The pandemic brought out the best in some of us. But it’s also exposed the fault lines and inequality in our community more sharply than ever, and we shouldn’t let the government off the hook.
As I took two potatoes from the box and put them in a brown paper bag, I shifted from a sense of warm-fuzziness that people were generously volunteering their time to pack fresh food parcels for those in need, to a feeling of anger that our social safety net has failed so disastrously.
Every week volunteers gather at Counterpoint Community Centre in the heart of the public housing estate in the inner Sydney suburb of Waterloo to bundle fresh food bags for local services and organisations who then distribute them to people who can’t afford to buy food. People who are “doing it tough” — the polite way of skirting around the confronting reality that people are living in poverty.
This emergency food relief, organised by a group known as Viral Kindness Sydney, isn’t just happening here at the site of the latest COVID-19 outbreak in Redfern and Waterloo. A few kilometres away in the inner west suburb of Marrickville it’s also happening on a much larger scale at Addison Road Community Centre.
Meanwhile other local community centres like The Settlement, Newtown Neighbourhood Centre and the Asylum Seekers Centre, as well as groups like Deadly Connections and First Nations Inner West COVID Response are all stretched with the demand for their collection, supply and delivery of food and essentials. Restaurants and cafes are also contributing.
Surrounded by multi-million dollar real estate, and in the heart of our (usually) global city, people are going hungry — they don’t have enough money to buy food or essentials to exist.
You don’t need to be an economist to work out that combining ever increasing house prices with stagnant wage growth and income support that hovers well below the poverty line is going to cause problems — even without the added impact of a global pandemic.
Without a universal basic income, in the absence of JobKeeper or the JobSeeker supplement, people are expected to live below the poverty line and the result is a massive increase in the demand for food and essentials throughout NSW.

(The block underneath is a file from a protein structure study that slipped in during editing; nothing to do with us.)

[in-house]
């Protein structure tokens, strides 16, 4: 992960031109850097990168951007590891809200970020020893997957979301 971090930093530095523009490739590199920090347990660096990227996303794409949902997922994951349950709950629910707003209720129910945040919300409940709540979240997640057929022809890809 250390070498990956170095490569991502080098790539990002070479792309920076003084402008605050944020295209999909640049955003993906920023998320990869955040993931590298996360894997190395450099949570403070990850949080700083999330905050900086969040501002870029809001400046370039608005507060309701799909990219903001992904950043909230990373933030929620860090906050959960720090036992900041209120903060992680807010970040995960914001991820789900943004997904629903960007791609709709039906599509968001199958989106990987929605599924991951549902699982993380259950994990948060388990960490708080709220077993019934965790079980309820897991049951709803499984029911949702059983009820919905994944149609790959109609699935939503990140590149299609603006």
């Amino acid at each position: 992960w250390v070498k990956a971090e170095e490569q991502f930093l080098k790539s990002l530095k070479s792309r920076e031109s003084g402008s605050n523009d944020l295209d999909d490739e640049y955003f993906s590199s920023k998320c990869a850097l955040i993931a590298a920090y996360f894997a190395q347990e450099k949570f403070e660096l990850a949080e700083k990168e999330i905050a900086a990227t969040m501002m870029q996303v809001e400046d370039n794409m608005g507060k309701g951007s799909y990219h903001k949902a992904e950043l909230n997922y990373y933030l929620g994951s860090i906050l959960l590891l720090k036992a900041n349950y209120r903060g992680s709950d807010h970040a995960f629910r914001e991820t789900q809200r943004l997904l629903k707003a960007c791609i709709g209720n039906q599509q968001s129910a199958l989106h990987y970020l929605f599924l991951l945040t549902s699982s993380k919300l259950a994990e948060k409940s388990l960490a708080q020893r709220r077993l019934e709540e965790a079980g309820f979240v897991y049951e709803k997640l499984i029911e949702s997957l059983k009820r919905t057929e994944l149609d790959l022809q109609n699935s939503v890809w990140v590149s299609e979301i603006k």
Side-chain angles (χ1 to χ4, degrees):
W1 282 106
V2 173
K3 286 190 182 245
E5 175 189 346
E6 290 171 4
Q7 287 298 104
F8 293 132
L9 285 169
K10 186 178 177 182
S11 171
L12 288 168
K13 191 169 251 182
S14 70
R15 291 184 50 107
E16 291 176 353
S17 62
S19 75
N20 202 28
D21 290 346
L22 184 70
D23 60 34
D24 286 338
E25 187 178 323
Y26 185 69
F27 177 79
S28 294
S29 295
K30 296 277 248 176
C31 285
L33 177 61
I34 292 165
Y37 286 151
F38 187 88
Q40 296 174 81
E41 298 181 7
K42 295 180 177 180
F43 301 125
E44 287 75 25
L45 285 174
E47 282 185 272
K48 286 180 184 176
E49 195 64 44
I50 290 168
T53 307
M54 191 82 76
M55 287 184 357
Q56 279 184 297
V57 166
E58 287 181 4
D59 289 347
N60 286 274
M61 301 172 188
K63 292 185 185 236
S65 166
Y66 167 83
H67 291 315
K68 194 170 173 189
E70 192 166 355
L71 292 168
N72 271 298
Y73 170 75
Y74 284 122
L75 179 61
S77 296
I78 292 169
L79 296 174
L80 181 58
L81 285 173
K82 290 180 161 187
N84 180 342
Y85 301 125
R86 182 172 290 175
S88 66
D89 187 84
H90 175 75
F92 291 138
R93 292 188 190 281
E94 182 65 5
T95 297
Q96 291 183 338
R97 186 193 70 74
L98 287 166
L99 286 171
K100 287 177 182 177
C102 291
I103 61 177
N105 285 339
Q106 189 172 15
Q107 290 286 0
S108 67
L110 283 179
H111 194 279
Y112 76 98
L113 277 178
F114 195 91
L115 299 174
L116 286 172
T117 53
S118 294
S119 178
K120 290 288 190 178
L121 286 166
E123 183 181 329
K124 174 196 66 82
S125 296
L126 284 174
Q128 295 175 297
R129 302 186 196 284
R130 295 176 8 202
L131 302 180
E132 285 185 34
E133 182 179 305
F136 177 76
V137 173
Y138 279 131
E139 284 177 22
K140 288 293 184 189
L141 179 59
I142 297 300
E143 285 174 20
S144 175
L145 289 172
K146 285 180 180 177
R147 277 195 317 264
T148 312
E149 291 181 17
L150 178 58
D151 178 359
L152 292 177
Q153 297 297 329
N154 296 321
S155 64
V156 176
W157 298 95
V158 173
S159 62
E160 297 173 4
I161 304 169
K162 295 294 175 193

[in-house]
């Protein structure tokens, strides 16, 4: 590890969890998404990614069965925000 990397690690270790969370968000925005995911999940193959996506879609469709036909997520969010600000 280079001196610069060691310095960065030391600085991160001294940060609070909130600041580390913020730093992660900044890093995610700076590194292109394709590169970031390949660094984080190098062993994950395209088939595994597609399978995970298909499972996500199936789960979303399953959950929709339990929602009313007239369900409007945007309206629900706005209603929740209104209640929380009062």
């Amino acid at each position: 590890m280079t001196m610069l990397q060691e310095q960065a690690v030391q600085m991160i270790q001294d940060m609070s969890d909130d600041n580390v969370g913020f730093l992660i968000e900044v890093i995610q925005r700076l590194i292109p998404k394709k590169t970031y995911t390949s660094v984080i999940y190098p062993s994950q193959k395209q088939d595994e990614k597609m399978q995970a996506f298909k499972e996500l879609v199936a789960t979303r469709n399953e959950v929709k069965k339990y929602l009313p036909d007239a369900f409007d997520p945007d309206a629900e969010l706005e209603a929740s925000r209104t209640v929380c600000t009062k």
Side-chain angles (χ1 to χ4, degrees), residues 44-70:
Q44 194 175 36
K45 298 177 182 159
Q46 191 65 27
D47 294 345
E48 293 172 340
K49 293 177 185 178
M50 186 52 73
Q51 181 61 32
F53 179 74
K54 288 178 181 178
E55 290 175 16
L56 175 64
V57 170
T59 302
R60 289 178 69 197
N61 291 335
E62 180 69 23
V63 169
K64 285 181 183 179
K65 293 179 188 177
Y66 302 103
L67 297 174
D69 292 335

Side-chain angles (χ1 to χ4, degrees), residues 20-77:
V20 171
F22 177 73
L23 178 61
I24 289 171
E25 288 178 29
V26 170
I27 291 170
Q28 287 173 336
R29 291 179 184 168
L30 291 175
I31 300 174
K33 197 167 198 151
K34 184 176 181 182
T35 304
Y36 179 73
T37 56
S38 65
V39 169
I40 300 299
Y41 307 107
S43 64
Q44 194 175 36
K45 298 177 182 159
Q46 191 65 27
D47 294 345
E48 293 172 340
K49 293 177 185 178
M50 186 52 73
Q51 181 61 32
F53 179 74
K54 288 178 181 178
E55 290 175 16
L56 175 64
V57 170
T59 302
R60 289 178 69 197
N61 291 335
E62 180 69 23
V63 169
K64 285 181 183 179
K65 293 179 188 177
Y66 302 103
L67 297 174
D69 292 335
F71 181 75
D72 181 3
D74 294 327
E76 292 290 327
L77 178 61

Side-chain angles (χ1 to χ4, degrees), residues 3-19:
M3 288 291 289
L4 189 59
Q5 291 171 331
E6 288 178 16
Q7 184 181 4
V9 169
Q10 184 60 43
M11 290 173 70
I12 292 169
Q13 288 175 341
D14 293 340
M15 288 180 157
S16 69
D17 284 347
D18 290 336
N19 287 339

Over the past 18 months I have witnessed volunteer-powered food relief hubs and initiatives spring up in response to need around the district. The same is happening across the state and in other states. Food insecurity is not some abstract concept — it’s real and it is not going away.
We are in a crisis, and yet where is the plan to address it? Who is the minister responsible? Where’s the 1800 HUNGRY line you can call when you can’t afford to buy food?
In some cases these volunteer organisations and groups receive small government grants while in others the private sector makes donations, with others existing solely on the contribution of volunteers.
While the generosity and charity of these organisations is absolutely appreciated and necessary, and in many cases this kindness of individuals is inspirational, the precariousness of this approach — the kindness of strangers as the safety net stopping people from falling through the cracks — is disgraceful.
How is it that we somehow just tacitly accept the outsourcing of responsibility for ensuring people have enough to eat, to volunteer-powered community organisations and groups?
We simply can’t ignore the failures of government to address issues of poverty. No one should be too poor to live — and being able to live means being able to participate equally and with dignity in society.
Not being able to get the results of your Covid test because you can’t afford phone credit and so can’t register for your results by SMS, is a reality that’s happening in our city right now. I witnessed this in Redfern recently. Not having any sanitary pads when you get your period is a reality that’s happening in our city right now.
Local services are putting the call out for donations. Not having food to feed yourself or your family is a reality that’s happening in our city right now. Many hundreds of food hampers are being packed and delivered every day to try to prevent this from happening.
In Aboriginal communities in the inner city and in western NSW, families in isolation and without incomes can’t get food. They are reliant on the support of volunteers. In some cases people trying to deliver food to elders have been slugged with fines from police.
The pandemic has exposed the fault lines and inequality in our community more sharply than ever.
Not since the Great Depression have we seen this level of social upheaval leaving so many in need of ongoing essential support and a government so willing to deny its responsibility to act.
Community is key and the kindness of strangers heart-warming, but we can’t let the government off the hook — it can and must do much, much better because simply put, people are hungry.